Breaking: The discovery of ‘The Limitless Diamond’
April 20th, 2014 by Noam Flint
There is only one state park in existence that follows a “finders, keepers” policy with gemstones: The Crater of Diamonds park in Arkansas.
Every year, throngs of people head to the 37.5-acre grounds in hopes of uncovering a valuable diamond, and for one fortunate man, this hunt was not fruitless.
According to UPI.com, David Anderson, who actually moved nearby to Murfreesboro, Ark., solely so he could constantly search for stones, uncovered a 6.19-carat white diamond. The news outlet noted that Park Interpreter Waymon Cox compared the size of the diamond to a jelly bean. Still, the park reportedly states that this is the 15th-largest diamond that has been discovered there since 1972.
The 6.19 carat Limitless Diamond
Image via ArkansasMatters.com news release
In pursuit of sparkle
It all began when Anderson was watching the Travel Channel show “Best Places to Find Cash and Treasures.” After seeing The Crater of Diamonds State Park on an episode of the series, he made a trip to the park in 2007, according to ArkansasMatters.com. It didn’t take long for him to decide that he wanted to move to the area so that he could continue his search and increase his chances of uncovering a diamond.
SEE ALSO: A Trip to the State Park Earned her $20,000 Canary Yellow Diamond
While this recent find is certainly not his first – he has unearthed more than 400 diamonds at the park – it’s definitely the biggest in size. Anderson named the colorless marquise-shape stone “The Limitless Diamond” after Speed the Light’s motto for this year – and after selling the diamond, he will donate all proceeds to the same charitable organization.
One thing’s for sure: This stone is a stunner. However, Cox admitted that the timing of the discovery makes sense.
It’s no surprise that a large diamond was found this week. Over four inches of rain fell on the park last weekend, and David found his diamond on the first sunny day following the rain. Rainwater washes soil from the search area and often exposes heavy gravel and diamonds on the surface.” (as quoted by ArkansasMatters.com)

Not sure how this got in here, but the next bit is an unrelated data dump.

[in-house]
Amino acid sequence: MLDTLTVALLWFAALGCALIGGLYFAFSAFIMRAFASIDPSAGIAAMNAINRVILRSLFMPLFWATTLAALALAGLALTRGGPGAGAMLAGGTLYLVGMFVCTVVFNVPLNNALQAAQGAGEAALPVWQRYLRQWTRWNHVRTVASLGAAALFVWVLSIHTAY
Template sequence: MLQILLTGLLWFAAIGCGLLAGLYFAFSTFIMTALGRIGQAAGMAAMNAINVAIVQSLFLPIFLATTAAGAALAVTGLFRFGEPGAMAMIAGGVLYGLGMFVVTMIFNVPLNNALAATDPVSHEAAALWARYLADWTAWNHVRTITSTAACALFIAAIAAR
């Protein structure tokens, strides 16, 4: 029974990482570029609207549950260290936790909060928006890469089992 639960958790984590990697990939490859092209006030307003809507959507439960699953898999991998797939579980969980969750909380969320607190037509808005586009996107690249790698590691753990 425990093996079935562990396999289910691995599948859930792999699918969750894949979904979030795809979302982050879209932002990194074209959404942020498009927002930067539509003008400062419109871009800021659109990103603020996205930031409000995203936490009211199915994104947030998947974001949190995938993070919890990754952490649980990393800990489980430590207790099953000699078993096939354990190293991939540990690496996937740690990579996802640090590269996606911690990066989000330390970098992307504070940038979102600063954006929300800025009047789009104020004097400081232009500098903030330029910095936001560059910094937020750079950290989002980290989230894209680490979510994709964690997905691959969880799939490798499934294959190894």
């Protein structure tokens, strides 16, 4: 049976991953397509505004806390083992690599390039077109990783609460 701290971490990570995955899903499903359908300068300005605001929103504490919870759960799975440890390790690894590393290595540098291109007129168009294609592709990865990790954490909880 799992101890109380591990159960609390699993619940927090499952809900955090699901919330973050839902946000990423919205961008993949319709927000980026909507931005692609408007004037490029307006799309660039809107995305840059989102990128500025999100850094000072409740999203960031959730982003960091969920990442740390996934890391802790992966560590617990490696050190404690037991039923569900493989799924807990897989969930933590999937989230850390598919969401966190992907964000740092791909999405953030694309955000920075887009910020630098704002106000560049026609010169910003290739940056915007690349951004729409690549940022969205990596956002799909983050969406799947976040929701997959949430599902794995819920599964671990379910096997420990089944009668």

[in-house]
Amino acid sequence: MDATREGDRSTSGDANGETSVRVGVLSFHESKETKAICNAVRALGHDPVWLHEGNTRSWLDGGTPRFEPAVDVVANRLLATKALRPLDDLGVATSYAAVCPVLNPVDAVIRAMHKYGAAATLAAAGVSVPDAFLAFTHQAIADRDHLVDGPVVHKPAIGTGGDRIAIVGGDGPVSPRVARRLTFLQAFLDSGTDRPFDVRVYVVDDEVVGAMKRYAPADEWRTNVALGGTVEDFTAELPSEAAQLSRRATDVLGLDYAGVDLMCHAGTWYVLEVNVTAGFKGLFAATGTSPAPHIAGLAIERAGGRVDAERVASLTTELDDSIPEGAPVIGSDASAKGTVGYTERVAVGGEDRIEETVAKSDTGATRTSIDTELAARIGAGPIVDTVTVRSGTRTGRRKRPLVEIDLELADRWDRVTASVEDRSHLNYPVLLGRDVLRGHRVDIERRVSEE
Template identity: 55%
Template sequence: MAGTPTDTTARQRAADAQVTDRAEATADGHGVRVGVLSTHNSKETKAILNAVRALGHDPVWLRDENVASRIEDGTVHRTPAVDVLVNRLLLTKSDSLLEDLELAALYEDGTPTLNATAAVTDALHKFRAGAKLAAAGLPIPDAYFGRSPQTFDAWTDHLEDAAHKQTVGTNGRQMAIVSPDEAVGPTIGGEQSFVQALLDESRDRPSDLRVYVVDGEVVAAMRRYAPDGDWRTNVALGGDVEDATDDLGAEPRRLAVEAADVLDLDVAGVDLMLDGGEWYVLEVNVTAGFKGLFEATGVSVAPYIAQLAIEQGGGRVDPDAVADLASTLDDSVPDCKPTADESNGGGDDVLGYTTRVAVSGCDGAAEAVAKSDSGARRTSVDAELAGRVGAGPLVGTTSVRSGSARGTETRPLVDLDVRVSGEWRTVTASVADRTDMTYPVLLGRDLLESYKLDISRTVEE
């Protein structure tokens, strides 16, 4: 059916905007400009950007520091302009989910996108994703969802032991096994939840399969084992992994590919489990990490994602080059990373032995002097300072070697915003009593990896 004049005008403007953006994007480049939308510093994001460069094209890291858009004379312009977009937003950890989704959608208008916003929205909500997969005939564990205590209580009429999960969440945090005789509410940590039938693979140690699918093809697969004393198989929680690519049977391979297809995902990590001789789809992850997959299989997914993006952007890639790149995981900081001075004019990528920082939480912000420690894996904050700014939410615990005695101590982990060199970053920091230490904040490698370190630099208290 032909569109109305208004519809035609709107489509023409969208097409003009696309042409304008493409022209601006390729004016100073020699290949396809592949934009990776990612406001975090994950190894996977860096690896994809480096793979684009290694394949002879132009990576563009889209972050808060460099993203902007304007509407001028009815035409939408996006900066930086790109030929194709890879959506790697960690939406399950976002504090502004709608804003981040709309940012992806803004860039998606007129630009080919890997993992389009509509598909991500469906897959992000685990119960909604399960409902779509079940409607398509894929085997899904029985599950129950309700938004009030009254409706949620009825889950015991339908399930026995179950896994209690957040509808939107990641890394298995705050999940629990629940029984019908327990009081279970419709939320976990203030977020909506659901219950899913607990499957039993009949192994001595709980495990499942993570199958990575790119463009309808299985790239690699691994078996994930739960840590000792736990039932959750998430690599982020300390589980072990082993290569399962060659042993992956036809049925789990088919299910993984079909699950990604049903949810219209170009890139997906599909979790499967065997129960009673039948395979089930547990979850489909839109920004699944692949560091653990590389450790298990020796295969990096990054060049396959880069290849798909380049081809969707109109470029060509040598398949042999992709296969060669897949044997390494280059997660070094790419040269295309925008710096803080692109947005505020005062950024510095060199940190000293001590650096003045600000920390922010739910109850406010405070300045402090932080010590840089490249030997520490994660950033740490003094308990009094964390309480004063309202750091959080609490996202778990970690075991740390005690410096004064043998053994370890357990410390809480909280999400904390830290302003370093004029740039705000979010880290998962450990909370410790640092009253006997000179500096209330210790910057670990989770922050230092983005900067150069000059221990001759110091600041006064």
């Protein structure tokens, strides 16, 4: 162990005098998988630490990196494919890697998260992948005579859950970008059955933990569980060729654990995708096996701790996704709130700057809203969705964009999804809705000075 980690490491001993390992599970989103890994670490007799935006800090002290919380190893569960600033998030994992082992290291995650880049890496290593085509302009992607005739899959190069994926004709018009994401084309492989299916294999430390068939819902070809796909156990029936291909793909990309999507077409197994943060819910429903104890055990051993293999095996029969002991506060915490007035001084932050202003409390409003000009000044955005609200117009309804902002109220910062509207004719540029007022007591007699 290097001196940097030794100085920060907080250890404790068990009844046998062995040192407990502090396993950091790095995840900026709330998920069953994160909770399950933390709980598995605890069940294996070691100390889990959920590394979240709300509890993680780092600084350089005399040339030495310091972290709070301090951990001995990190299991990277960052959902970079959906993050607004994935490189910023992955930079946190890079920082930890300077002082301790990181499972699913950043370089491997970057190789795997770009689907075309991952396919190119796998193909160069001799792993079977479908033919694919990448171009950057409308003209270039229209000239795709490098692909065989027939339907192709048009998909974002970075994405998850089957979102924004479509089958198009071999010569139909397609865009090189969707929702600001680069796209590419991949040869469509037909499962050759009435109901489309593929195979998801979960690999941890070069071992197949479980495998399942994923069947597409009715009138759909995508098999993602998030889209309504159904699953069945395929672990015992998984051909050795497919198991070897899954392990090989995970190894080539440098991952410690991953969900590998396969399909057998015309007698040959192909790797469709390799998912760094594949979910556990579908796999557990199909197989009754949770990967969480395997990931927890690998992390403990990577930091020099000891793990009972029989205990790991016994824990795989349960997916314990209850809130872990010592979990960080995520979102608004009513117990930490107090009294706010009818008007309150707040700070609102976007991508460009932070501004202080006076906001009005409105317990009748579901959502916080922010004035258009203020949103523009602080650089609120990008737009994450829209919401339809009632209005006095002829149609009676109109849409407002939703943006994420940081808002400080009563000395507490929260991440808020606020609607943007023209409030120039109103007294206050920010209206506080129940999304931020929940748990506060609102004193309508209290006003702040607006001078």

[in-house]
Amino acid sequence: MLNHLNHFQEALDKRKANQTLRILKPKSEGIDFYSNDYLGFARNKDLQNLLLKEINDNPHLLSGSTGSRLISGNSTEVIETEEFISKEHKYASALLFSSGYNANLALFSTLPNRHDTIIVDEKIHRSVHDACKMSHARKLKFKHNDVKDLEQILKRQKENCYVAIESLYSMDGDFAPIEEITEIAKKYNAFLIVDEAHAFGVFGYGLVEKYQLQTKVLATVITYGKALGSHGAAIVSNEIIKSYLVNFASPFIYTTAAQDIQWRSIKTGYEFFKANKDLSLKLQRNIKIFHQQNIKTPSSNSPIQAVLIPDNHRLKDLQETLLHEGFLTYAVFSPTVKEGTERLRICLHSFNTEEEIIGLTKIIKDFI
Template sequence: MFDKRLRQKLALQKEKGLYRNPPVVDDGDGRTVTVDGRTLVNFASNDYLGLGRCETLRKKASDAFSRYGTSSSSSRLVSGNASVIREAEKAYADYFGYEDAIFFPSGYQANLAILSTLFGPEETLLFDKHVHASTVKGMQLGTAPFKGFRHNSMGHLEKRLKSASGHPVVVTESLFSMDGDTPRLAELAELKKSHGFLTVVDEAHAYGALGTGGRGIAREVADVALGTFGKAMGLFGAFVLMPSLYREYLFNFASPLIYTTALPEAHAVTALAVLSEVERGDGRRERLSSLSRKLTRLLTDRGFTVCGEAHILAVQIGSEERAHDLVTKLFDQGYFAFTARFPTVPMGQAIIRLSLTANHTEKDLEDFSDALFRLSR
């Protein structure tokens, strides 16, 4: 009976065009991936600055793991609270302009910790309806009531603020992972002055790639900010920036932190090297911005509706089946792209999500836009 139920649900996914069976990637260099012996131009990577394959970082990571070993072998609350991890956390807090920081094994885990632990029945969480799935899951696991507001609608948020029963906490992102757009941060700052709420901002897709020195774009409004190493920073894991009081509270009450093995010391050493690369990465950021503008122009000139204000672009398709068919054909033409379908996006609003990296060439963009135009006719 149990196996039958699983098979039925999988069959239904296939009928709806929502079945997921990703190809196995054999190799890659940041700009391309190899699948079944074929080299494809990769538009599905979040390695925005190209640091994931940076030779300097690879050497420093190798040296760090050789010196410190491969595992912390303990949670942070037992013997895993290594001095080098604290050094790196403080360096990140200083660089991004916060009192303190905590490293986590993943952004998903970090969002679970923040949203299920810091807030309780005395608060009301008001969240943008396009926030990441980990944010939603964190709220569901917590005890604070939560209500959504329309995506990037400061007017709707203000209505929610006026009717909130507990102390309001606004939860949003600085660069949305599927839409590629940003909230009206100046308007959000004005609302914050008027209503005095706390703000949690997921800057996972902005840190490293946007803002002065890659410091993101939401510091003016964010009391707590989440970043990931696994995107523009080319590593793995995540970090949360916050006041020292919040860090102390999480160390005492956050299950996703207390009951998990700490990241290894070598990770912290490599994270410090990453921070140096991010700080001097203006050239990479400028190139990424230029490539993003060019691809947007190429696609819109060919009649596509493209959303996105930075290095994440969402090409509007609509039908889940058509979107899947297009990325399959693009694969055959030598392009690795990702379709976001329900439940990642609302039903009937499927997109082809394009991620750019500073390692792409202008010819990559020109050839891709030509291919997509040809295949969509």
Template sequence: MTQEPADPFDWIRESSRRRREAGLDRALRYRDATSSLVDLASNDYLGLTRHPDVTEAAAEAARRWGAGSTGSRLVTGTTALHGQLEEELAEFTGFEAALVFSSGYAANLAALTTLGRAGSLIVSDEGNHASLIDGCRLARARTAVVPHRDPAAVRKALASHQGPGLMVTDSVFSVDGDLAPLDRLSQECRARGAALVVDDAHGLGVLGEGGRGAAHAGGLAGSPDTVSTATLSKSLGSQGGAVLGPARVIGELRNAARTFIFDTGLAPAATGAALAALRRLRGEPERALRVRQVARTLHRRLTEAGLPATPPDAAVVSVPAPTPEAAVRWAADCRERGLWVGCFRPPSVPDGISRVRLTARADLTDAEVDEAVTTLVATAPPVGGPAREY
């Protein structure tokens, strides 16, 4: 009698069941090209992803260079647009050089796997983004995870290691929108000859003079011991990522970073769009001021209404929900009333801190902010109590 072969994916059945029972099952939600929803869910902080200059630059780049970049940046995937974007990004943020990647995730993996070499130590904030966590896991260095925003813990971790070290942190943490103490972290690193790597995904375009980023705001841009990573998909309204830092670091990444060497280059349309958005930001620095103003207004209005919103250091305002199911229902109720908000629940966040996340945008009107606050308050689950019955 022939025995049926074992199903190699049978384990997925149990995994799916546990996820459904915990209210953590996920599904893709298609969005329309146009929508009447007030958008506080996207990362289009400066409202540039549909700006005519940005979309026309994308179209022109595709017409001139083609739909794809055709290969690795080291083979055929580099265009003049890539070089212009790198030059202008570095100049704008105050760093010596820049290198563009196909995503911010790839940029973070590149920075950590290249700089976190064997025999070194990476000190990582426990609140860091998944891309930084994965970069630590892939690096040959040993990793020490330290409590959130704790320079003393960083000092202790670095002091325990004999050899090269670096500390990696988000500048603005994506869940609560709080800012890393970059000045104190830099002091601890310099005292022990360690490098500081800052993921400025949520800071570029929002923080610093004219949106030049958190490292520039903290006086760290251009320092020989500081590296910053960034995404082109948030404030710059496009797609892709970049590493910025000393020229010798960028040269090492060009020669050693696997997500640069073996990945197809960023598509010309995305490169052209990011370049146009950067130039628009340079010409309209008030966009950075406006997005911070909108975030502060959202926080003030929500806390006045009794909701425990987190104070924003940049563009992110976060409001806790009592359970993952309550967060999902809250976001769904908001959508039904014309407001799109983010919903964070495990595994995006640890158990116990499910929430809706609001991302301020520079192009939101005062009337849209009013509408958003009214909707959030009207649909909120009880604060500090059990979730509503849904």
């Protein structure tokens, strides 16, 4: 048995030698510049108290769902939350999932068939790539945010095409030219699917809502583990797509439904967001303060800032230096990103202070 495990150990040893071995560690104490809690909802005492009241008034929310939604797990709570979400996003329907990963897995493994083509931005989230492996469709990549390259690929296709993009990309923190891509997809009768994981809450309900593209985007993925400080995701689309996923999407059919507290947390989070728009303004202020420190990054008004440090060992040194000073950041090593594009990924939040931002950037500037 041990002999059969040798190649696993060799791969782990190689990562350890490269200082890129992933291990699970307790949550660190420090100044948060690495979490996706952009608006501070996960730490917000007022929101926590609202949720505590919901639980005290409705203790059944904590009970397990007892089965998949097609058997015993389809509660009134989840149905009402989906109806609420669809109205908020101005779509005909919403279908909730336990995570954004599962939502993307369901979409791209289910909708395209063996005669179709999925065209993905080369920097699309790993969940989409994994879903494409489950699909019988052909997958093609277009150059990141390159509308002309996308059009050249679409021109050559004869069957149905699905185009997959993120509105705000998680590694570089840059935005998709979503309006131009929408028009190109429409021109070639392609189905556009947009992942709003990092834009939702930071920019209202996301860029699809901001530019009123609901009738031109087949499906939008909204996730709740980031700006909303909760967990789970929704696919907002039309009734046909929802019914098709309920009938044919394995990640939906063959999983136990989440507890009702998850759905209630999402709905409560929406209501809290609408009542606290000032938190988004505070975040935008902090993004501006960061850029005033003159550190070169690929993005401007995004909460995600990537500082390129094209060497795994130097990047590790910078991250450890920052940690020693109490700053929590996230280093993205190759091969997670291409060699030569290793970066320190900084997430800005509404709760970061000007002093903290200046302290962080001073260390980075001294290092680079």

Cox also pointed out that this may have been the least effort Anderson has ever had to put into a search. He was only looking for about four hours in the East Drain area before he came across the diamond. Anderson had also never tried surface searching before, a method that the park describes as simply strolling through rows of dirt to look for stones that may be lying at the top.
Interesting facts about the crater
The Crater of Diamonds was established by John Huddleston in 1906, a farmer who owned the property at the time and is also responsible for the mining rush that occurred near Murfreesboro after he found the first few diamonds there. The site became an Arkansas state park in 1972. It’s the eighth-largest diamond-studded deposit in the world, but more importantly, it’s also the only diamond-producing site that is open to the public.
While white stones are the most common here, the park also bears brown diamonds and yellow diamonds as well. In fact, the selection here is quite diverse, with more than 40 types of rocks and minerals available on-site, including quartz, amethyst, jasper, peridot, garnet, lamproite and hematite.
$20,000 Rough Yellow Diamond Found at Arkansas Crater of Diamonds
Image: Crater of Diamonds State Park
The truth is that the majority of the stones found here are too small to cut, which is why The Crater of Diamonds site noted that many diamonds are merely set in jewelry in their raw form, often as a pendant on a necklace.
If you decide to make a visit to the park, there’s a decent chance you’ll uncover something dazzling, as ArkansasMatters.com reported that visitors find an average of two diamonds a day. Considering the recent find, you may want to keep an eye on the forecast for heavy rainfall.